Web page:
On Aug. 23, Ryerson University’s Board of Governors voted in favour of changing the university’s name. Egerton Ryerson, the University’s namesake, was a key figure in the creation of the residential school system. As such, Indigenous activists have called for the university, often referring to it as “X University,” to change its name and remove references to Ryerson for several years. Following the discovery of unmarked graves at various residential school sites, the statue of Ryerson at the university was torn down by protestors and the university formed the Standing Strong (Mash Koh Wee Kah Poo Win) Task Force, which eventually advocated, among 21 other recommendations for reconciliation, for the university to change its name.
In light of the controversy at Ryerson University, the community might be curious about where the names on the University of Waterloo campus come from. So here it is — a brief overview of the people behind the names on campus.
B.C. Matthews Hall (BMH) – Burton Clare Matthews (1926-2004) served as president and vice-chancellor of UW from 1970 to 1981. He was a trained soil scientist who also served as president and vice-chancellor of the University of Guelph from 1983 to 1988.
Carl A. Pollock Hall (CPH) -– Carl Arthur Pollock (1903–1978) was a successful local businessman, the founder of CKCO – a local TV station that’s been on the air since 1954 — and one of the founding members of the UW Board of Governors.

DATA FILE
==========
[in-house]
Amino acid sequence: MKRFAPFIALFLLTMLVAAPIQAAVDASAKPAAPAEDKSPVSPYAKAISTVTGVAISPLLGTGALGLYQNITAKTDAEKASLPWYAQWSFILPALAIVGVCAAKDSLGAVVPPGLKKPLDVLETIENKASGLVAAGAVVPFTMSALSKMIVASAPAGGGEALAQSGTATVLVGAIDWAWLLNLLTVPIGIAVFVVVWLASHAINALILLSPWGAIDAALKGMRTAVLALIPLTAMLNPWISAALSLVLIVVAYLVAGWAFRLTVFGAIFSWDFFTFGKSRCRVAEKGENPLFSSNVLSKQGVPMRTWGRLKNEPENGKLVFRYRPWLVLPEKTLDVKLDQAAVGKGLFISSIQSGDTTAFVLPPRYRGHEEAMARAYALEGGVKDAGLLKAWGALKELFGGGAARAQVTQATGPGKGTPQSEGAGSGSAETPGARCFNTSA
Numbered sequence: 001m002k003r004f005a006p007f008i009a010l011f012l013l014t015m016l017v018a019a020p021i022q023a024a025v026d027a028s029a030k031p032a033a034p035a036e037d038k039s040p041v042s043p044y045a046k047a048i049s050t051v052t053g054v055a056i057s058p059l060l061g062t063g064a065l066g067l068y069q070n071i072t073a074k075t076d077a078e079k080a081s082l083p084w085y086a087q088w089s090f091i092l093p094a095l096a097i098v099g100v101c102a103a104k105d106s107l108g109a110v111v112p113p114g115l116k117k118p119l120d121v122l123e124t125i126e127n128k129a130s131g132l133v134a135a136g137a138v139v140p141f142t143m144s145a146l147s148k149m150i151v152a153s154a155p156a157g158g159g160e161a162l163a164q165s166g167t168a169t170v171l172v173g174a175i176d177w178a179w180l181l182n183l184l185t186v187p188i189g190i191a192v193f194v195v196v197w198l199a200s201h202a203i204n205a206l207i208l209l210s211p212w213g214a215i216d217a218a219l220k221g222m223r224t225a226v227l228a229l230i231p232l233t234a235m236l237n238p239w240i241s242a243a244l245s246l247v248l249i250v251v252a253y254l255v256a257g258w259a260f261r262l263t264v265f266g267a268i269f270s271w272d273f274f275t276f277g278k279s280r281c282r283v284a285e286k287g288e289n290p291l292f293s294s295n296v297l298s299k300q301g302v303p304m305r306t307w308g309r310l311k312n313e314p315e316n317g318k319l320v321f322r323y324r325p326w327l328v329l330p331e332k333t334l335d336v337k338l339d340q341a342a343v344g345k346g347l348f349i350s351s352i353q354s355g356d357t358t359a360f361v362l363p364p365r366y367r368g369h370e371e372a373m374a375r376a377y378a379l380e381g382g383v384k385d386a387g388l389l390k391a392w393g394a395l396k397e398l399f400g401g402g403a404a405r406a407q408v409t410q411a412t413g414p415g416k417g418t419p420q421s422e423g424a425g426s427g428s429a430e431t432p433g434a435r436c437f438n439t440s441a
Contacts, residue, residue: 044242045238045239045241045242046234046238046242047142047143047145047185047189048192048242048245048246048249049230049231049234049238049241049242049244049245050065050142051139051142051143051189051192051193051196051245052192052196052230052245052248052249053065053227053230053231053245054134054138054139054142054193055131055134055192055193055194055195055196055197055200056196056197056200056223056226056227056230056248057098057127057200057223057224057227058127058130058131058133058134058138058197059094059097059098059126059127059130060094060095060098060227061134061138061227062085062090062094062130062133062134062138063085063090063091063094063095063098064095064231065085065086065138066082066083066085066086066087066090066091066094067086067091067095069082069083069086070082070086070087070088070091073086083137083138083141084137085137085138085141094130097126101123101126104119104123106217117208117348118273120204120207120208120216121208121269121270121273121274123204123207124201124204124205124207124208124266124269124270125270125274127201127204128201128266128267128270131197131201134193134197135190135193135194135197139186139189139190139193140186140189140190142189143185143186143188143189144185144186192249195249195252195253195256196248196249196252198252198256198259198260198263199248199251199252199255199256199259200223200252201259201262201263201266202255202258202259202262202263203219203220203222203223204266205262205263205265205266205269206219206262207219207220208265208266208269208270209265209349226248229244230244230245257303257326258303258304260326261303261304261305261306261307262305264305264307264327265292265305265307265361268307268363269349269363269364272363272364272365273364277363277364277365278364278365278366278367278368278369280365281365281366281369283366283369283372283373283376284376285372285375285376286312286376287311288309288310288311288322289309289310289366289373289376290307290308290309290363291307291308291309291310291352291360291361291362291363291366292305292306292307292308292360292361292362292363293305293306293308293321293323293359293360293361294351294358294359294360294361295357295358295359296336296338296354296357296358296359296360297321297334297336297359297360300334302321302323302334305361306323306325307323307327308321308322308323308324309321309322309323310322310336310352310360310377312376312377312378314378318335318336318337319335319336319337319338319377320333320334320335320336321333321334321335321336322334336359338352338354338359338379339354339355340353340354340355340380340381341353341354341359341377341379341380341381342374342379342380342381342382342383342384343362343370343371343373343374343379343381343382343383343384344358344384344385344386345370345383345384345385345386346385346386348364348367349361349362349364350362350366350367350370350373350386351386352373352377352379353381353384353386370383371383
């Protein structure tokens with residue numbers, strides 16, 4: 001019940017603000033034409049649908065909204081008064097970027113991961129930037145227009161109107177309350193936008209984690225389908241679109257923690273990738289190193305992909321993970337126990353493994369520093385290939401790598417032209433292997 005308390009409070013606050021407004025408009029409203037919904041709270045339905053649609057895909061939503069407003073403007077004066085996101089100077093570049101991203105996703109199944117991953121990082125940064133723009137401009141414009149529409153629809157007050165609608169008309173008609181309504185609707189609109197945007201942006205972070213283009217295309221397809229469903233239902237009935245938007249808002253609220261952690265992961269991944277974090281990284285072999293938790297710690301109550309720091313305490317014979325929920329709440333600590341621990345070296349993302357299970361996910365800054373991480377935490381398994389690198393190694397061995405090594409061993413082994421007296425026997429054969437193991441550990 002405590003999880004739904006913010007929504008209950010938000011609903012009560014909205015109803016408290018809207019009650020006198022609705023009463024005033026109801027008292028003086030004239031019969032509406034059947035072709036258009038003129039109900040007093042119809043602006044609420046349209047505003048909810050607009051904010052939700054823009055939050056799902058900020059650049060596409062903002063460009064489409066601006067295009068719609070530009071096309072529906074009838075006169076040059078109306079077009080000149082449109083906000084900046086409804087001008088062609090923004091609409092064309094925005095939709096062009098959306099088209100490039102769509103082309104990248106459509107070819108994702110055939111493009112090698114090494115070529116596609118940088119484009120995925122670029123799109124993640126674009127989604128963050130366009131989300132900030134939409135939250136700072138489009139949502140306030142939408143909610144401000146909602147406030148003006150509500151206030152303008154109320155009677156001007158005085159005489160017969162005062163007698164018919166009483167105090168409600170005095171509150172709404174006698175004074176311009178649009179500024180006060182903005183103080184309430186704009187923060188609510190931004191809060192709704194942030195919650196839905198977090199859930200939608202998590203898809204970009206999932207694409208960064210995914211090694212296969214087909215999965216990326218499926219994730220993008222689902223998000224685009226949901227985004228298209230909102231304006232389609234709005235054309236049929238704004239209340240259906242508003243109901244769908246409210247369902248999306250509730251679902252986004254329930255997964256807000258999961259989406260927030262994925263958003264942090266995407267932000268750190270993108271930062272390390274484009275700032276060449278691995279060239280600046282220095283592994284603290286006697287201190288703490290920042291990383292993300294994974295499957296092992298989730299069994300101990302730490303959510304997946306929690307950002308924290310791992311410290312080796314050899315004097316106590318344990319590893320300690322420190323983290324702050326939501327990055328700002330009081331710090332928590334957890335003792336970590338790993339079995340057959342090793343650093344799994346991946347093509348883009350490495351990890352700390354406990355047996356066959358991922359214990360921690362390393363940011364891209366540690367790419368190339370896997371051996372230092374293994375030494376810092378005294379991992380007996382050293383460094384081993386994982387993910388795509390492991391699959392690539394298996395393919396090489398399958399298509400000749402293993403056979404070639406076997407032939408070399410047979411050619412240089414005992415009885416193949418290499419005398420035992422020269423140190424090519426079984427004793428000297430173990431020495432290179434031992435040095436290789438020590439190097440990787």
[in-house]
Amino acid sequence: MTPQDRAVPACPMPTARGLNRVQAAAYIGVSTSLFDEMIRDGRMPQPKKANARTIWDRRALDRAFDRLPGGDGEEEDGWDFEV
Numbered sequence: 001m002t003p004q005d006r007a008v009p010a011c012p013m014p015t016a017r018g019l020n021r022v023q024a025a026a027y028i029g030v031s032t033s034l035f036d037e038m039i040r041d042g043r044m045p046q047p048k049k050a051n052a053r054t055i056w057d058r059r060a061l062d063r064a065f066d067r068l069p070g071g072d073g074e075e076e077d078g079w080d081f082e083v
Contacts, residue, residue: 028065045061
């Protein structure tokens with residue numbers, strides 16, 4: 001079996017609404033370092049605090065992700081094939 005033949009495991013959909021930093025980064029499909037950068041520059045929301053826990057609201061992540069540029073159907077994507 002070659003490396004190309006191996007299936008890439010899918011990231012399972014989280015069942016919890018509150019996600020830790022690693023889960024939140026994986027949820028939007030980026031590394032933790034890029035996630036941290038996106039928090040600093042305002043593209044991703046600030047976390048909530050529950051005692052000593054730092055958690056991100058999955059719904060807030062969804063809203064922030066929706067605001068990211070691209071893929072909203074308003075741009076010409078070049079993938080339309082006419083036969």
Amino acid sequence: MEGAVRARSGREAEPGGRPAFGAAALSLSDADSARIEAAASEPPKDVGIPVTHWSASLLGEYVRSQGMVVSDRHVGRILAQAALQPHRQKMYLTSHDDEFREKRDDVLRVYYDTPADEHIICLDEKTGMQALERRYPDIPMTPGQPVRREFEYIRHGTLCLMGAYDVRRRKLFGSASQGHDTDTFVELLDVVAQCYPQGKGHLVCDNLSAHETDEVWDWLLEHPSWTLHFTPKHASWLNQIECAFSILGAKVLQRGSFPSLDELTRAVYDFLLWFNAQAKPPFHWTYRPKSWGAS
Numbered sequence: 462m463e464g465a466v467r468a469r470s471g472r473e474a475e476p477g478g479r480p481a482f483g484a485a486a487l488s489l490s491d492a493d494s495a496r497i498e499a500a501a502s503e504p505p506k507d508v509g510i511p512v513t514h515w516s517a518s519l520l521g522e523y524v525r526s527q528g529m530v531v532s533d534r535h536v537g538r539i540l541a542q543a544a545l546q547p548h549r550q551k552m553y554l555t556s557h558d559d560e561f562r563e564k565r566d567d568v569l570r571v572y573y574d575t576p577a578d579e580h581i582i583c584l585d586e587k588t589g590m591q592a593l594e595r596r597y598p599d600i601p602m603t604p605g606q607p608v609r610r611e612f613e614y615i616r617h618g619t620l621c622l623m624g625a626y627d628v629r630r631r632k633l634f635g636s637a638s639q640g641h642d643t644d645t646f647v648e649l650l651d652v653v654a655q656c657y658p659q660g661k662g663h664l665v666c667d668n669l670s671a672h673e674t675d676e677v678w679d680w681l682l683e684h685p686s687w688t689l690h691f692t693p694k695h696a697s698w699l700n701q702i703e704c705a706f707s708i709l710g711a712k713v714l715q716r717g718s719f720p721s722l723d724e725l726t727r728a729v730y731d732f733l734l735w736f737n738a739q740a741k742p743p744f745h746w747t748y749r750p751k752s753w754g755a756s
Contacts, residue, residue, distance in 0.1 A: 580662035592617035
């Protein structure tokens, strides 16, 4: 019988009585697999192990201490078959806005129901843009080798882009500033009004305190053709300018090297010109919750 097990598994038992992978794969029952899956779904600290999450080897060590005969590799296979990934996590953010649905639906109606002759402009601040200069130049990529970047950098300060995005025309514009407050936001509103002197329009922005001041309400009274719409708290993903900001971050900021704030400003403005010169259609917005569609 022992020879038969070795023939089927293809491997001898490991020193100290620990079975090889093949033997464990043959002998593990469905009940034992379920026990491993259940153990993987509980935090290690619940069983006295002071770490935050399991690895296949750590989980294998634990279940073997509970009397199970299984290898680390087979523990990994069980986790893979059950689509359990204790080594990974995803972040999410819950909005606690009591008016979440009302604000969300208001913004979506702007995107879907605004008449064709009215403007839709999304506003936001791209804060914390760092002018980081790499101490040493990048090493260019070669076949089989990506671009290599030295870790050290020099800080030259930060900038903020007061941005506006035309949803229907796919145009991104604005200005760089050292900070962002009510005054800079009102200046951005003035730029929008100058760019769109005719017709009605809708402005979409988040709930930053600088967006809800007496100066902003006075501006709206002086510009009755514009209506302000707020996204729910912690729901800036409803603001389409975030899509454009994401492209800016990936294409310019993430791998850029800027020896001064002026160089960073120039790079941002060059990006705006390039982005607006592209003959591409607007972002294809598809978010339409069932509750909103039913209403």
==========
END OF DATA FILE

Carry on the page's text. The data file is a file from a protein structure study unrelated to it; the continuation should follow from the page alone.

Claudette Millar Hall – Claudette Millar (1935–2016) served as mayor of Preston from 1969, at the time the youngest mayor in Canada at 35 years old, until 1973 when Preston, Galt, Blair and Hespeler municipalities were amalgamated into the city of Cambridge and Millar was elected Cambridge’s first mayor. Millar served as mayor of Cambridge from 1973 to 1974 and again from 1978 to 1988. She was then elected to the Ontario Municipal Board, where she served until her retirement in 2014.
Conrad Grebel University College – Conrad Grebel (1498–1526) is considered one of the major founders of Swiss-South German Anabaptism.
Dana Porter Library (DP) – Dana Porter (1901-1967) served as UW’s first chancellor from 1960 to 1966. Previously, he fulfilled several roles in provincial government during his time as an Ontario MPP in the Conservative Party of Canada from 1943 to 1958. He stepped down in 1958 to become chief justice of the Ontario Court of Appeals under John Diefenbaker’s federal government, a post he held until shortly before his death.
The Davis Centre – William “Bill” G. Davis (1929–2021) was Minister of Education under John Robarts from 1961 to 1971, and succeeded him as the 18th Premier of Ontario from 1971 to 1981.
Douglas Wright Engineering Building (DWE) – Douglas Tyndall Wright (1927–2020) served as UW’s first dean of engineering from 1959 to 1966 and UW’s third president and vice-chancellor from 1981 to 1993. He was a trained civil engineer and was awarded the Order of Canada in 1991.
Ira G. Needles Hall (NH) – Ira George Needles (1893-1986) helped to found UW in 1957. During the development of the university’s programs, Needles, a successful local businessman, put forward the ideas that would become the co-operative education program in a 1956 presentation. Needles further served as chairman of the university’s Board of Directors from 1956 to 1966, following which he succeeded Dana Porter to become UW’s second chancellor from 1966 to 1975.